PORTLAND, ORE. — So that readers will understand the basis of the suggestion I'm about to make, I need to explain some facts about one of my major behavior quirks. Over the years I've developed a habit of trying to establish a personal connection with anyone I happen to encounter while meandering around in the everyday world.
I enjoy talking with store clerks, bank tellers, gas station attendants, shoppers who can't find the condiment aisle at the supermarket, and everyone else who's willing to initiate a conversation.
This pattern, like many other elements in my life, was inspired by military history. During World War II, Brigadier General Theodore Roosevelt Jr. was serving with the 1st Infantry Division in North Africa. One night, standing beside a road while a convoy of troops passed by, Roosevelt turned to Gen. Omar Bradley and said, "Brad, I'll bet I've talked to every man in this division. They'd know my voice whether they could see me or not. Listen!"
As Bradley explained in his memoir, "A Soldier's Story," Roosevelt then called into the darkness, "Hey, what outfit is that?" And immedately a voice from the road replied, "Company C of the 18th Infantry, General Roosevelt."
The general set a high standard, and I'm trying to top it. He only had to meet every guy in his division. I believe it might be possible to meet everyone in the USA if I could just free up enough time each day. Having two dogs that need lots of walking puts a giant crimp in this goal.
I think about TR Jr. a lot these days because his up-close-and-personal approach to his troops seems like the perfect starting point for creating a stronger, safer post-9/11 society. Treating one another like strangers doesn't build unity; it just reinforces feelings of suspicion. But I also realize that a lot of Americans are not like me or General Roosevelt. This country has a long tradition of allowing people to remain anonymous or reinvent themselves to any degree they please.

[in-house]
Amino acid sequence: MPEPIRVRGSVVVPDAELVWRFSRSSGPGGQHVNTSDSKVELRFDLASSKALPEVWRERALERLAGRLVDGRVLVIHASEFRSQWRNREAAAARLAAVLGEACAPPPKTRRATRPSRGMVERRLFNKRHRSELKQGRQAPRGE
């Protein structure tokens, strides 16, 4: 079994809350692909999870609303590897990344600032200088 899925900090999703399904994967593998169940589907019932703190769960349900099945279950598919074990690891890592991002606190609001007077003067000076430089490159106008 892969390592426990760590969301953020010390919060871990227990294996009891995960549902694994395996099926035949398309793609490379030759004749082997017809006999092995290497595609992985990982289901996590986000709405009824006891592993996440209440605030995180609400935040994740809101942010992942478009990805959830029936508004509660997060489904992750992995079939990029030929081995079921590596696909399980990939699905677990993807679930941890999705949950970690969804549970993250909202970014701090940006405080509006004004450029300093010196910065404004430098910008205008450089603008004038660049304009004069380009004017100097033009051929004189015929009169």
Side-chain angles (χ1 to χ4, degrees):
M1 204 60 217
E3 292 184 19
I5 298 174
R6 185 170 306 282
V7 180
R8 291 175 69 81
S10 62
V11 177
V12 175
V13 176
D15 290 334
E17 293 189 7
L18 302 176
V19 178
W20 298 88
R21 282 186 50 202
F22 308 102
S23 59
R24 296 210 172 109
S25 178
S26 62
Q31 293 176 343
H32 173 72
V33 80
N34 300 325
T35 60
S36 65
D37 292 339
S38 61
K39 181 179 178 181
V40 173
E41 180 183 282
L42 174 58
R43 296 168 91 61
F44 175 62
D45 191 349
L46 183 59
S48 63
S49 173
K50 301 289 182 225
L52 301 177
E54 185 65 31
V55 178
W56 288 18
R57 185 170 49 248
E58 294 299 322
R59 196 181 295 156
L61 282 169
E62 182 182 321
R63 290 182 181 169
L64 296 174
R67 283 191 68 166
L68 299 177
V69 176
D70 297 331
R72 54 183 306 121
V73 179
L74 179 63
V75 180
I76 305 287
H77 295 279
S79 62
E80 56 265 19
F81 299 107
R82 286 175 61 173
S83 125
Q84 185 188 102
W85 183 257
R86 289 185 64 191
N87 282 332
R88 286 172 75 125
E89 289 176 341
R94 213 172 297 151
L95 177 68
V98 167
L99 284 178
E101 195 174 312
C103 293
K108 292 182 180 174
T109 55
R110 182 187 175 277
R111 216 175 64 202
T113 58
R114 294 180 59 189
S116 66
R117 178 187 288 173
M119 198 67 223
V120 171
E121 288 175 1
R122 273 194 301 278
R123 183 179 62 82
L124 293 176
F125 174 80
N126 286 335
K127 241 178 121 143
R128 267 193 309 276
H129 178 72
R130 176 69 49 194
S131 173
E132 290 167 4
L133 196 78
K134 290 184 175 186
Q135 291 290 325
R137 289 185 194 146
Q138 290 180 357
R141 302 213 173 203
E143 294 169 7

So here's a hypothetical question to consider next time you're standing at a busy intersection: Would you rather have your face captured on a surveillance camera or wear a nametag that everyone around you can read? What is more worrisome, losing privacy to the government or to your fellow citizens?
I know that having every person wear an identification badge while they're walking around in public is totally impractical and would make all of us feel we're attending a huge, endless business convention, but the concept might be useful on a much smaller scale, so here is a serious suggestion: nametags for all students at primary and secondary schools. It seems like a simple step in the direction of community spirit that educators are constantly trying to encourage.
Most schools now require all visitors to sign in and wear an ID sticker, so expanding the practice wouldn't be a huge shock. No need for a big ongoing campaign, either. One effort per month would be fine, Nametag Friday, just to make the point that everyone has an identity even if they don't look or dress the way you do.
I make no claims that this idea will cause better test scores or other academic improvments. All I'm trying to do is start some conversations. And knowing somebody's name seems like a good reason to say "hello."
• Jeffrey Shaffer writes about media, American culture, and personal history.